UW-Madison - Department of Counseling Psychology - People - Faculty Research Teams - Dr Valdez's Research Teams

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Carmen Valdez' Research Home Page

Fortalezas Familiares | Keeping Families Strong | Social Capital

image of the Fortelezas Familiares Research Team

Research Mission

Dr. Carmen Valdez’ research is guided theoretically by Developmental Psychopathology and Culture-Centered models. Of special interest to her are family and community influences on children’s development. Her research with families is based on the premise that children’s adjustment greatly takes place within the family and that family functioning and health are shaped by dynamic, process-oriented experiences of support, risk, and resilience. Although the role of individual differences on children’s development cannot be overlooked, a model that emphasizes family and community influences offers a more complete understanding of children’s development, and informs the design and conduct of preventive and therapeutic interventions that aim to prevent risk and build resilience.  Emphasis on the cultural context is not only relevant to understanding ethnic minority groups, but to increasing awareness of our own cultural influences and interactions with others.

The integration of models described above to the study of coping across the lifespan and contexts, has been Dr. Valdez'’ research focus. In particular, her five areas of study are predictors of depression, family stress and child and family coping and development, clinic- and community-based intervention development for vulnerable populations, effects of sociocultural processes (e.g., immigration policy, parent social networks, socioeconomic disadvantage) on child adaptation, and promotion of culture-centered educational, and health and mental health practice. Her research interests in depression began with the study of mechanisms of depression and associated behavioral and academic risks among children and youth. An understanding of the processes of depression has provided the foundation for her subsequent work in intervention research.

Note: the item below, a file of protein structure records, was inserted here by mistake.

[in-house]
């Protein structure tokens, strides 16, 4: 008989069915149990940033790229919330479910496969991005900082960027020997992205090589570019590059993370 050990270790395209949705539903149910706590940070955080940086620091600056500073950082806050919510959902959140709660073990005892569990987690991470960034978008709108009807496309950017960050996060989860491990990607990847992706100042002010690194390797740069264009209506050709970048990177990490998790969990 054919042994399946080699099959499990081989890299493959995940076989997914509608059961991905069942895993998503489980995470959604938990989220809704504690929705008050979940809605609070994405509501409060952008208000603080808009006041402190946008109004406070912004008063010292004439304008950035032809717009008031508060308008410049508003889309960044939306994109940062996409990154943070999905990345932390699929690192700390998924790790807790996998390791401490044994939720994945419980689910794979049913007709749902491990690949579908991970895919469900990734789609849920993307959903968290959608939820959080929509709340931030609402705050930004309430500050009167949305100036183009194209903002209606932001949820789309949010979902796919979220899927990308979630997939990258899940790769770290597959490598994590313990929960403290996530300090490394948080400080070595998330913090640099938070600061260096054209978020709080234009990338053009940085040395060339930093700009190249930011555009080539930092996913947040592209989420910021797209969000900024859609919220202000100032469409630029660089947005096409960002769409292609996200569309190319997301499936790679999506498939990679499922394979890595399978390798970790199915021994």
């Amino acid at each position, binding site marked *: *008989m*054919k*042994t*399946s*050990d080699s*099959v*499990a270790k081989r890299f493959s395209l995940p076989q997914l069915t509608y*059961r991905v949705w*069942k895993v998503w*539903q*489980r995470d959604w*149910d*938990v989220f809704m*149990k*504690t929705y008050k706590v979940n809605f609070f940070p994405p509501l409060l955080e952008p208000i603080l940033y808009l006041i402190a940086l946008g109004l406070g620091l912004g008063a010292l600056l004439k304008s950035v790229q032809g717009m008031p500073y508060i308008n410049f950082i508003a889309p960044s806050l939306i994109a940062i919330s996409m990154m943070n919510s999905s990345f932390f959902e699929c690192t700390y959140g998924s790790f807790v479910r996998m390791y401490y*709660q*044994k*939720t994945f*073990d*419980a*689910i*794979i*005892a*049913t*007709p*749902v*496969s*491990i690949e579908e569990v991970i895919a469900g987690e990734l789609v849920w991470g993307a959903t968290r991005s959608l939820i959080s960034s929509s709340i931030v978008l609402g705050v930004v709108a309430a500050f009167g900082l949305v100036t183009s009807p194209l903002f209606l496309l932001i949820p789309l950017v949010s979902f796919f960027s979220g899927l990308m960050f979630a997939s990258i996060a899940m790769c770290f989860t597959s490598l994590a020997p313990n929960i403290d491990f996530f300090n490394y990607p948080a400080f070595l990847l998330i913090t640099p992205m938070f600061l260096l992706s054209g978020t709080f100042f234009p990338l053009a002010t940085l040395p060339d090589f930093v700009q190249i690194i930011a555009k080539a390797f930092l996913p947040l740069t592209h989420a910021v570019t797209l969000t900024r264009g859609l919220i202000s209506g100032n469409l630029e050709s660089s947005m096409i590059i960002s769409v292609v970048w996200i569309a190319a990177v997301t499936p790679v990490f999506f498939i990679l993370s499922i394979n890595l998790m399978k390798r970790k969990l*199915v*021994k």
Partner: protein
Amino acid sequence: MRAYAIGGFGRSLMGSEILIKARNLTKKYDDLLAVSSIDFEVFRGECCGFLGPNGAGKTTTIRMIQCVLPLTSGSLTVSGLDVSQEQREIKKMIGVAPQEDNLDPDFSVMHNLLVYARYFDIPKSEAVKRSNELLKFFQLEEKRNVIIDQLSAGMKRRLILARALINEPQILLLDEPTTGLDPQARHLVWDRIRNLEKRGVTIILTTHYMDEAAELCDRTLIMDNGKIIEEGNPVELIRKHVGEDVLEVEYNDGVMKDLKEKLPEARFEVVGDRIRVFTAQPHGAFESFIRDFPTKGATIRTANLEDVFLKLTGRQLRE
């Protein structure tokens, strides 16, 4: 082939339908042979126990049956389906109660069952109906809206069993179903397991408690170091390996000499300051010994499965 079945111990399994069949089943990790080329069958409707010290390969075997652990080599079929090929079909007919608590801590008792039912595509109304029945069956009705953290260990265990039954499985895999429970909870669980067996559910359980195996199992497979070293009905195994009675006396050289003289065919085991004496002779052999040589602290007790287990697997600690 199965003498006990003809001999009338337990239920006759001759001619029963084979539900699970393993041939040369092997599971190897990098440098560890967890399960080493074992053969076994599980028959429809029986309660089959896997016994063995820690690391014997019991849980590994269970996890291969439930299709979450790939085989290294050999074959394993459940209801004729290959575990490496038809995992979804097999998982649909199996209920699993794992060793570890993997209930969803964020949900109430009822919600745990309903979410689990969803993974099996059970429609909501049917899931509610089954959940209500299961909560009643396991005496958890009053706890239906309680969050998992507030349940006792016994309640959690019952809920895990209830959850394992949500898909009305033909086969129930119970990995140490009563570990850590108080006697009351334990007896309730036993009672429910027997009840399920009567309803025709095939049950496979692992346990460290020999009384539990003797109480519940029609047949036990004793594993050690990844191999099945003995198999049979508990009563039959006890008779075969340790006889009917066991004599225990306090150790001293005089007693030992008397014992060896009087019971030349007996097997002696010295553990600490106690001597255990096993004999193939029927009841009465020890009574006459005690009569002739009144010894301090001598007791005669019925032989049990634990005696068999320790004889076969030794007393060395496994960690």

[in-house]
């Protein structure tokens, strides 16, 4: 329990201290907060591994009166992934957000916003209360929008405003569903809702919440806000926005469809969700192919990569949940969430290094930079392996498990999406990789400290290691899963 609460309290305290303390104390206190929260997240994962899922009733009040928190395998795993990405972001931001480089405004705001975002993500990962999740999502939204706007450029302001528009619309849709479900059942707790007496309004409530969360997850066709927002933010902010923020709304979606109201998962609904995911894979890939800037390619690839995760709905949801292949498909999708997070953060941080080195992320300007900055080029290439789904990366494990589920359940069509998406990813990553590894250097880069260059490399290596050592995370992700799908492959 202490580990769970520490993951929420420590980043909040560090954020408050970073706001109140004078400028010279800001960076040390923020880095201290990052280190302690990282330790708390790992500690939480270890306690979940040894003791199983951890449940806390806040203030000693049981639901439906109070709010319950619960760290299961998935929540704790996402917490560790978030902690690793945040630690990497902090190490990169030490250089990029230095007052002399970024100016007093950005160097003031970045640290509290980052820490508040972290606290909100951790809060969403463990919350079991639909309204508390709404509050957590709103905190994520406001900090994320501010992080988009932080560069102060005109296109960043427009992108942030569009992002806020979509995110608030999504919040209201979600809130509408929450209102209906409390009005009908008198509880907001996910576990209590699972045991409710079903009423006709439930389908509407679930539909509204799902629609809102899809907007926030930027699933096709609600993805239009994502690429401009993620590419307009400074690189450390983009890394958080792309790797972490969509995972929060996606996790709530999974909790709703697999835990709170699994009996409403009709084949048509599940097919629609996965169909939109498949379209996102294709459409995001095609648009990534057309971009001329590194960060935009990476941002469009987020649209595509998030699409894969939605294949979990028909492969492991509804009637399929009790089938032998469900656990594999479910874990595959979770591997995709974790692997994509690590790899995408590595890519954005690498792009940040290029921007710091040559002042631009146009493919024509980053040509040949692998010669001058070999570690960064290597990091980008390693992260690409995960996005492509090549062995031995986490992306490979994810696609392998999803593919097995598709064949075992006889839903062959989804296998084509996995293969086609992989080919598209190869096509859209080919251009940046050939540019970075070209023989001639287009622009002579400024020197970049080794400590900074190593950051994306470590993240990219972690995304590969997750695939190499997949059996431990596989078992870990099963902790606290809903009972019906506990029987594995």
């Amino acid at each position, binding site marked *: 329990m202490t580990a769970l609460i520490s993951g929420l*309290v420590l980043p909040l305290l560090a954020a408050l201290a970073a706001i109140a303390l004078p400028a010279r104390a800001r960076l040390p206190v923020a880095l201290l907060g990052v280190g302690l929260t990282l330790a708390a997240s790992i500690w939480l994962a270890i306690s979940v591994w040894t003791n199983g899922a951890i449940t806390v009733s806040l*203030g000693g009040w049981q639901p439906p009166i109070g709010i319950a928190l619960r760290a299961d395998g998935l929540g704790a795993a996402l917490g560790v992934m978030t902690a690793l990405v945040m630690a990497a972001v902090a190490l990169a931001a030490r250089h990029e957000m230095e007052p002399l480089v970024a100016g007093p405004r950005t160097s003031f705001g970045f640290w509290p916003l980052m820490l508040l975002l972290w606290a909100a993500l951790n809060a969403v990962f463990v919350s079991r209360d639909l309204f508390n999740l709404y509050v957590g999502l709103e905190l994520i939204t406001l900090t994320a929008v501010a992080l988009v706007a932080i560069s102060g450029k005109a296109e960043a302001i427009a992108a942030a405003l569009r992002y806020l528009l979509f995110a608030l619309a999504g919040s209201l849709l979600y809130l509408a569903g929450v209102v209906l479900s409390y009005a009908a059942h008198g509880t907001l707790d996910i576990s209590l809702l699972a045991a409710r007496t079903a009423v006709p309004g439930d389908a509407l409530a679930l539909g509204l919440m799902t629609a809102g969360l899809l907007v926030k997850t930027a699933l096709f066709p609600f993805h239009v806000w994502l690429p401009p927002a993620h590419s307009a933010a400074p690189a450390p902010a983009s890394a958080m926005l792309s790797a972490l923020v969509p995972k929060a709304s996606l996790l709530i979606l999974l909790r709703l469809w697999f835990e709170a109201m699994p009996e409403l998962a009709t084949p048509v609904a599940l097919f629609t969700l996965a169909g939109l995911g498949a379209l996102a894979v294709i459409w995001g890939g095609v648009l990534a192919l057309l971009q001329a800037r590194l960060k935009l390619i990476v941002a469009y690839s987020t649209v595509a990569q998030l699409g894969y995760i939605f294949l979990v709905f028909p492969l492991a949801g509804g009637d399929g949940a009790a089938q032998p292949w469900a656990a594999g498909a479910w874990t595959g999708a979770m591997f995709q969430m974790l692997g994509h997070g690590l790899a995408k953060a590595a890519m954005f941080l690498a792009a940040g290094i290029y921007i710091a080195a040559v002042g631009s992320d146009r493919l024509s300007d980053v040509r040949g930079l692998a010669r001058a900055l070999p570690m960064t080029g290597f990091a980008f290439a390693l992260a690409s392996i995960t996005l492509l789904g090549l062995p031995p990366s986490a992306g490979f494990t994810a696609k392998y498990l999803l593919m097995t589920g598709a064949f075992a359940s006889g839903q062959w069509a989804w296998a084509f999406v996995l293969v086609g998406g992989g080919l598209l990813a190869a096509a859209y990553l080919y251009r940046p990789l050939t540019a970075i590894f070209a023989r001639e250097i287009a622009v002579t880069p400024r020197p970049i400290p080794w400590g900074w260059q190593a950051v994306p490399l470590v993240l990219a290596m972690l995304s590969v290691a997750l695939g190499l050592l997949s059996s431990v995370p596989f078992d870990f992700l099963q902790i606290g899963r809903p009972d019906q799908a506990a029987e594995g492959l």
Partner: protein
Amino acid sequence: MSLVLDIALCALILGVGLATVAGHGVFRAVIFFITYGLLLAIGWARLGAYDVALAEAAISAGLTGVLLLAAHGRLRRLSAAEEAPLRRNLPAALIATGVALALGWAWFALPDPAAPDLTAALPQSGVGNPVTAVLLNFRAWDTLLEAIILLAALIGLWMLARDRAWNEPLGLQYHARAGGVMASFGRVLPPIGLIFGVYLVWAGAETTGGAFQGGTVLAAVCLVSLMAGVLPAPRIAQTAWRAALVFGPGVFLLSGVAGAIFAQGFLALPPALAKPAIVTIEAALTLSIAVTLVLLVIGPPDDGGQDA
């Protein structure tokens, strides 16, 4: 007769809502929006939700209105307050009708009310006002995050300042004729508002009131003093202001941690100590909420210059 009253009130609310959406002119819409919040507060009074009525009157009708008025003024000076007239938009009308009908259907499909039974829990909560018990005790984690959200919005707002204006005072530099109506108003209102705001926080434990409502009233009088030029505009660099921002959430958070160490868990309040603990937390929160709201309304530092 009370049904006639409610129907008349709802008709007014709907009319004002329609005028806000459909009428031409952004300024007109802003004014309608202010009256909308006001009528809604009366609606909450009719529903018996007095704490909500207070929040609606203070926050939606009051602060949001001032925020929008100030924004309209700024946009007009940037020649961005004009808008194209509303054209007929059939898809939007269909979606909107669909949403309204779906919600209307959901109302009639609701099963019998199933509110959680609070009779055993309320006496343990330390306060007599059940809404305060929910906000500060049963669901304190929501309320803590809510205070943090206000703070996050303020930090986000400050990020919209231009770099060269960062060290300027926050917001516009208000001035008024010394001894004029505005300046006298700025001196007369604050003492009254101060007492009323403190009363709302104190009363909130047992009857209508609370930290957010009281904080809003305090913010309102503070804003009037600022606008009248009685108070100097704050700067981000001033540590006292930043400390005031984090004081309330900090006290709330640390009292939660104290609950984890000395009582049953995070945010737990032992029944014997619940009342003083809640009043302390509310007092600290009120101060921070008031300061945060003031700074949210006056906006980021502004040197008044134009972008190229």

Previous Projects
As part of her post-doctoral training, Dr. Valdez was actively involved in the development and implementation of Keeping Families Strong (KFS), a NIMH-funded prevention program designed to reduce the impact of parental depression on children, particularly the increased risk of depression and other negative outcomes. Prior to her appointment at the UW-Madison, Dr. Valdez was the clinical director of KFS and the lead developer of the parent protocol of the intervention. She also evaluated the feasibility and acceptability of KFS as a sustainable adjunct service to individual treatment in mental health clinics. 

At UW-Madison, Dr. Valdez adapted the KFS Program to Latino families in Wisconsin (see current projects). In preparation for the cultural adaptation, she interviewed medical and mental health providers’ about their culturally-centered recognition and treatment of depression in Latinos. She and her research team also focused on understanding the literature on Latino mental health, mental health disparities, intervention development and adaptation, and facilitated focus groups to further inform their adaptation.

Consistent with her research on culturally-competent provision of services in the community, in 2007-2008 Dr. Valdez evaluated the effectiveness of a teen depression video (It's Time!) on teachers’ recognition of depression. With CTSA funds from the Institute for Clinical and Translational Research (ICTR) and matching funds from the Morgridge Center for Public Service, both at the University of Wisconsin-Madison, Dr. Valdez piloted the adapted KFS program for Latino families in Madison. The adapted program, "Fortalezas Familiares" (Family Strengths) was conducted in a community health center and evaluated the feasibility and acceptability of the intervention in these settings.

Current Projects
Dr. Valdez is also an Investigator on an NICHD-funded study, Children, Families, and Schools, that began in the Spring of 2008, to evaluate the effects of parents’ social capital on Latino children’s social and cognitive development. This study is being conducted with 3,000 Latino families in San Antonio, TX and Phoenix, AZ. Social capital is being manipulated through random assignment to a comparison group and to an intervention group. The intervention used is Families and Schools Together (FAST). She is currently preparing manuscripts on the effects of acculturation on families' social capital, the effects of anti-immigrant climate on Latino families' social capital, and on the applicability of culturally-sensitive research in randomized clinical trials.

Future Projects
Dr. Valdez is planning to investigate the efficacy of the expanded Fortalezas Familiares program on a large scale. As a follow-up to the Social Capital Study, she plans to follow children in Arizona into adolescence, with particular attention to the effects of immigration climate and policy changes on youth development.

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